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Updated September 16, 2019

Attitudes toward DUI travel vary throughout the world. There is no doubt that drinking and driving is a risky endeavour. The Centre for Disease Control and Prevention says that 28 Americans are killed in crashes involving impaired drivers every single day. MADD Canada says that on average 4 Canadians per day are killed. If you have a DUI record, you probably realized how serious it was after the fact.

Now that it has happened, you are moving on with your life and probably have considered how your conviction will affect your ability to travel. This depends on where you want to travel. DUI travel may be possible depending on the situation.

In some countries, DUI is considered a misdemeanor. In others, it is a serious criminal offence no matter how it was prosecuted in your country. Some countries will consider whether or not you did jail time and for how long. Some will look at whether there were aggravating factors such as multiple incidents or accidents causing injury. The amount of time since the offence will also be a factor in your travel plans.

Whenever you are asked by a foreign official if you have a criminal record, you should be honest. Otherwise, you could be arrested and detained or banned for life. If you are not admissible, sometimes one-time exceptions are made and other times they aren’t. Explain your situation plainly and hope for the best. You might consider bringing court documents to show the nature of the offence. If you have not received advance permission to enter with a record, the ultimate decision will be up to the border official you encounter.

Rules involving admissibility to countries change a lot. Check with the consulate before travelling.

Places where DUI travel is possible

United States: A single DUI conviction will not prevent you from entering the United States. However, if it is combined with other charges or if there are multiple charges, you could be denied entry.

European Union: A DUI will generally not prohibit you from entering the European Union countries unless there are aggravating factors. Although the United Kingdom may leave the Union, DUI was not considered a prohibited ground prior to their entry. It’s likely that DUI travel to the UK will be allowed even if they leave the Union.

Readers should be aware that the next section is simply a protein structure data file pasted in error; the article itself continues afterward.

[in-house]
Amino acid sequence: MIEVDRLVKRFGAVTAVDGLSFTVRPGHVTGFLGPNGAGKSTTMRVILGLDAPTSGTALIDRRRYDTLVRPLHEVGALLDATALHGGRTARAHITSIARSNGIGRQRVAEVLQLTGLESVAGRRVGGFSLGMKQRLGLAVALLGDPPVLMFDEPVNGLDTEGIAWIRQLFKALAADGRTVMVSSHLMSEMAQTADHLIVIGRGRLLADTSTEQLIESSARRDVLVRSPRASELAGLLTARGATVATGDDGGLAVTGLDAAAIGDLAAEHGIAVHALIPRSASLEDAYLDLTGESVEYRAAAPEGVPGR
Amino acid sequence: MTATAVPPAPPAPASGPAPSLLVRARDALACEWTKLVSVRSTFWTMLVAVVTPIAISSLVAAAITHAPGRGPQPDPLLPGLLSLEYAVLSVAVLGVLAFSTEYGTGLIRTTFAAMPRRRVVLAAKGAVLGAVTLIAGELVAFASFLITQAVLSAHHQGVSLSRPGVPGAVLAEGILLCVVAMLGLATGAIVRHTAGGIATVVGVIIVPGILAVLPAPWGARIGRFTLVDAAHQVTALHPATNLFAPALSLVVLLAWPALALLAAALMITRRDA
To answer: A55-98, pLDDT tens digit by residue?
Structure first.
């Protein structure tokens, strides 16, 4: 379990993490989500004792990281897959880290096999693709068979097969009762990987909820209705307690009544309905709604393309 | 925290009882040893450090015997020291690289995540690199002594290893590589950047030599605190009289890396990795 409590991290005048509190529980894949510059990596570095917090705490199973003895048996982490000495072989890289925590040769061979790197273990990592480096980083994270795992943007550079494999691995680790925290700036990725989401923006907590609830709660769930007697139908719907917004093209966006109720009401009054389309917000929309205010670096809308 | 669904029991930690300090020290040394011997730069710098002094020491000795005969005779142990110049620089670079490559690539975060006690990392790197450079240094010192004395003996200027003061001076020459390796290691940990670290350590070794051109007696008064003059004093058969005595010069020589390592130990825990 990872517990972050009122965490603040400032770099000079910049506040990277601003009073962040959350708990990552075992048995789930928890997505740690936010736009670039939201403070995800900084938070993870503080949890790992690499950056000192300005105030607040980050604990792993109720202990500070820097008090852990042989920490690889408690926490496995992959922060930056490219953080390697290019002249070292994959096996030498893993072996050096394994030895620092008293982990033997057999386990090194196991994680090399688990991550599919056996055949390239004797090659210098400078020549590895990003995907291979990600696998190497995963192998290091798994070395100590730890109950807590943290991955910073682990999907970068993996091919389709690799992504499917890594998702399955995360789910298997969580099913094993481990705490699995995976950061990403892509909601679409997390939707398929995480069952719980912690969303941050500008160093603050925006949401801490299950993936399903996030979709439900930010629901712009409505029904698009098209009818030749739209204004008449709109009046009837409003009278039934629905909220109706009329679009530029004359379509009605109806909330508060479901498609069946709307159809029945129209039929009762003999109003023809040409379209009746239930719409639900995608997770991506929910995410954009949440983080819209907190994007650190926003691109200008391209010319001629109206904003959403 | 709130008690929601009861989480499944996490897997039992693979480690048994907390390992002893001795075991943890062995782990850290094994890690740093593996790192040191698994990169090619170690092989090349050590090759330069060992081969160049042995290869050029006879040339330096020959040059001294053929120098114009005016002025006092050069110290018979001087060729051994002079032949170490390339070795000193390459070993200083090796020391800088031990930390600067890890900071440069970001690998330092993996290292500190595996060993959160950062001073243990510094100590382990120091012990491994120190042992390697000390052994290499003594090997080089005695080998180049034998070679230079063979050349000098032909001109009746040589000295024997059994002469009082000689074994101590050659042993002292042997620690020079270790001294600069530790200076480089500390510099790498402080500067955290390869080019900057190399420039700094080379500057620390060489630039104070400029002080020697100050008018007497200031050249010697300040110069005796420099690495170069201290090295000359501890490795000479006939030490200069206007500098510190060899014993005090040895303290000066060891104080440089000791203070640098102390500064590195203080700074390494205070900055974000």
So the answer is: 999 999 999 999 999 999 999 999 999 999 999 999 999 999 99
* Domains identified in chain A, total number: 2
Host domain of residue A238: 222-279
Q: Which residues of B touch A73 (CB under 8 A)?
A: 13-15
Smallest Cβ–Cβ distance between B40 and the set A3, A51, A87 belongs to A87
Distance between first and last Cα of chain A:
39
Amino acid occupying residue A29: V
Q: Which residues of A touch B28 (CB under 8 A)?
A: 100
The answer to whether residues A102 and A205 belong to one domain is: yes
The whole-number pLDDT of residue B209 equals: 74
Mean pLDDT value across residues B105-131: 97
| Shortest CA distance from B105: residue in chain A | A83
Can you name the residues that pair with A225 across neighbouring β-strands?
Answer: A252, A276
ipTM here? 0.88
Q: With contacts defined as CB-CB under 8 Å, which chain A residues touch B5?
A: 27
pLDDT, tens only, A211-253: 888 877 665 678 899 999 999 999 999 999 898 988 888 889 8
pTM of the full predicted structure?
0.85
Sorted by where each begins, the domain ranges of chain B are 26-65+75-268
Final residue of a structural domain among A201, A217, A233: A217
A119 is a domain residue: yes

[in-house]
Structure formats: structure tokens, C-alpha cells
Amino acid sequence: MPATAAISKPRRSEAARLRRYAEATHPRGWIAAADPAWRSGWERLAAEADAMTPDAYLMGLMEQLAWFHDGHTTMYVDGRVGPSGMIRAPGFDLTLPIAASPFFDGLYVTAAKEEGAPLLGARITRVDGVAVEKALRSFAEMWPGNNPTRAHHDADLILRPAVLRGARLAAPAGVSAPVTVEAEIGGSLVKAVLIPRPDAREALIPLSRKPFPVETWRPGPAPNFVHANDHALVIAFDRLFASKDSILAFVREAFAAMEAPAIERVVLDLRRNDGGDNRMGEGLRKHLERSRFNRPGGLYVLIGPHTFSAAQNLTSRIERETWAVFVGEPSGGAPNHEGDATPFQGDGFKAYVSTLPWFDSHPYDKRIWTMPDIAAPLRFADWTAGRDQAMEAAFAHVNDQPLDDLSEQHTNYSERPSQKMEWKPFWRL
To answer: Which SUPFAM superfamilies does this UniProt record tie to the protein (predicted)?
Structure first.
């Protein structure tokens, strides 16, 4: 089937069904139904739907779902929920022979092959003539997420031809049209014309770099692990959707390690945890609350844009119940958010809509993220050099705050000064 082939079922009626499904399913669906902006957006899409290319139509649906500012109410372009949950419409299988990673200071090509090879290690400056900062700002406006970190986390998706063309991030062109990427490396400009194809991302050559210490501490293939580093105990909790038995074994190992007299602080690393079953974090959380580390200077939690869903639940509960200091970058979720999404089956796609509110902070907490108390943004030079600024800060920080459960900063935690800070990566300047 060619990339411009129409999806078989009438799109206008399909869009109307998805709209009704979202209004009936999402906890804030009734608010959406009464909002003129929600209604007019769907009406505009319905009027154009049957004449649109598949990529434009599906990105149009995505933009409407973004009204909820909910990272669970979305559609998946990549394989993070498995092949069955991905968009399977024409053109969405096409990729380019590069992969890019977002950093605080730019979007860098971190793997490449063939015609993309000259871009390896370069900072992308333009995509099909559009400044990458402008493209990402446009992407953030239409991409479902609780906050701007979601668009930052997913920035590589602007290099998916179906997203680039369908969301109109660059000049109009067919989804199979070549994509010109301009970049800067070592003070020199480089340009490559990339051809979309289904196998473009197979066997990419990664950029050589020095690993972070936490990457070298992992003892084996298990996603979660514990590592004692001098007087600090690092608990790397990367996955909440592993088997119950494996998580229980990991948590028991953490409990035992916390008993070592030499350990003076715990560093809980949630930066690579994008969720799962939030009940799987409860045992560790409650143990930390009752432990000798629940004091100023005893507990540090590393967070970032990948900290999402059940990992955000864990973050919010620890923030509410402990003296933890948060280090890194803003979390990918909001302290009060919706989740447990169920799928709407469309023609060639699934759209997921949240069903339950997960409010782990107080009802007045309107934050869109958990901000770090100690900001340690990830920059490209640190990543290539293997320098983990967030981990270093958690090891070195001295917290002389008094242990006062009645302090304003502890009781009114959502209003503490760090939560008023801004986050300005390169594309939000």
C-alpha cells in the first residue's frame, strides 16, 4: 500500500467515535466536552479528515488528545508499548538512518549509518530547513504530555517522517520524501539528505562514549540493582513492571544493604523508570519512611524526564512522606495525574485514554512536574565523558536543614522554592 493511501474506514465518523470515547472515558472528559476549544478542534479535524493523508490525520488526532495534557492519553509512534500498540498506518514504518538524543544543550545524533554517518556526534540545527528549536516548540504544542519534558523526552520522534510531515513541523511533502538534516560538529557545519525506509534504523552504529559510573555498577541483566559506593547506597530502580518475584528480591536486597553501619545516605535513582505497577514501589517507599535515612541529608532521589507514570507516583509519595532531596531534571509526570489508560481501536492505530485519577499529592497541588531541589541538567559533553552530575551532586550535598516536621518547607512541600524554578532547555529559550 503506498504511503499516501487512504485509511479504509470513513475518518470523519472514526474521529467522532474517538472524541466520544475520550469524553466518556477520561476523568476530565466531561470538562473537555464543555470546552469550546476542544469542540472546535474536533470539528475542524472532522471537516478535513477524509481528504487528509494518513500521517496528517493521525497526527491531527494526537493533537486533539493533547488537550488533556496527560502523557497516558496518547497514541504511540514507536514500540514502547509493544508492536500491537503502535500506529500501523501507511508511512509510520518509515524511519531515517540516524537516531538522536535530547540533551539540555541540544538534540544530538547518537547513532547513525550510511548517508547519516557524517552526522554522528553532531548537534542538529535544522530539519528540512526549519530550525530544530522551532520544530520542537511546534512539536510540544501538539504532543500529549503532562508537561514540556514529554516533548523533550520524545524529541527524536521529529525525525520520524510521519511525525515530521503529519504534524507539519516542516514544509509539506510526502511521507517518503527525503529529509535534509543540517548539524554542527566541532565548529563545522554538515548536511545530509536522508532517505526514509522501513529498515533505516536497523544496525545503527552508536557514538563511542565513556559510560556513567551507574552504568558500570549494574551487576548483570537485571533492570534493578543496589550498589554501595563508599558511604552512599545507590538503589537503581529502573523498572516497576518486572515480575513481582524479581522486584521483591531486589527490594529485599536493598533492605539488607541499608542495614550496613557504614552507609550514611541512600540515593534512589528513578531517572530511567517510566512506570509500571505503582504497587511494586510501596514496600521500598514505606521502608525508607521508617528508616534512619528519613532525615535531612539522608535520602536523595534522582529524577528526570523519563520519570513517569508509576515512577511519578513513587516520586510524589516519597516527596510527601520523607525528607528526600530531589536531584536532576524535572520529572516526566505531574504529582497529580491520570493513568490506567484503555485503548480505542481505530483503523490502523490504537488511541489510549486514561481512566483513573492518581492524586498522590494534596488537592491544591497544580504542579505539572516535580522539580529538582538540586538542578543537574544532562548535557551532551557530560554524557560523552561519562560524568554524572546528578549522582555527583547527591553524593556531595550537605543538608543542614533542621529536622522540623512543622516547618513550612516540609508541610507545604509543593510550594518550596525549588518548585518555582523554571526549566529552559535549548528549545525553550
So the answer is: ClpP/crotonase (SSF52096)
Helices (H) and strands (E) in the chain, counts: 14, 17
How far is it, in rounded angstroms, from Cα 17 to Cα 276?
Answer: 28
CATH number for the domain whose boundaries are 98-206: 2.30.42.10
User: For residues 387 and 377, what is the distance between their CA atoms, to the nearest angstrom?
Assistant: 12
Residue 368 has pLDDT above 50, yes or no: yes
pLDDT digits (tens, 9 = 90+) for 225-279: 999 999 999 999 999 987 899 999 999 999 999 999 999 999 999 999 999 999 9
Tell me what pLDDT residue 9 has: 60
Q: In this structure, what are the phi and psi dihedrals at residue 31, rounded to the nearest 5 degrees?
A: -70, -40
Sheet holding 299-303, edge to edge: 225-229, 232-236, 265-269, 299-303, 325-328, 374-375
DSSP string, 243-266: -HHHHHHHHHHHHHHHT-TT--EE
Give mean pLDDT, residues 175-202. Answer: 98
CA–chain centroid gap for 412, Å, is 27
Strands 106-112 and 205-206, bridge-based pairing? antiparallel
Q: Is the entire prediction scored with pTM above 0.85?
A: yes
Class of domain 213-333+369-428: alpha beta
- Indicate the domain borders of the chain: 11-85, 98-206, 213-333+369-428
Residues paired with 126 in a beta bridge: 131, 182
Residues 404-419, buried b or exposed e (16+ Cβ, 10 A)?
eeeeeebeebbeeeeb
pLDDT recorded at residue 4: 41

Cuba: Canada does not share its criminal record database with Cuba. Anecdotally Canadians say they do not have to answer questions about criminal records when they enter Cuba; however, this does not mean that you won’t be asked. The Cuban Embassy website states: “If you have a criminal record, you must contact your local Cuban diplomatic mission to determine if you are eligible for entry into Cuba.”

Dominican Republic: Similar to Cuba, people report being able to enter the Dominican Republic with minor records. A tourist visa requires a criminal record check. However, Canadian and US tourists do not require a visa to enter the country for visits up to 30 days. You could still be asked about your record upon arrival. Check with the Consulate before booking travel.

China: The visa application for China will ask about criminal convictions. However, this has not been a deal-breaker for some people who have applied. The Embassy website states that you should attach a personal letter with an explanation of the criminal activity and state that you will not commit any criminal activity while in China and will adhere to the laws in China.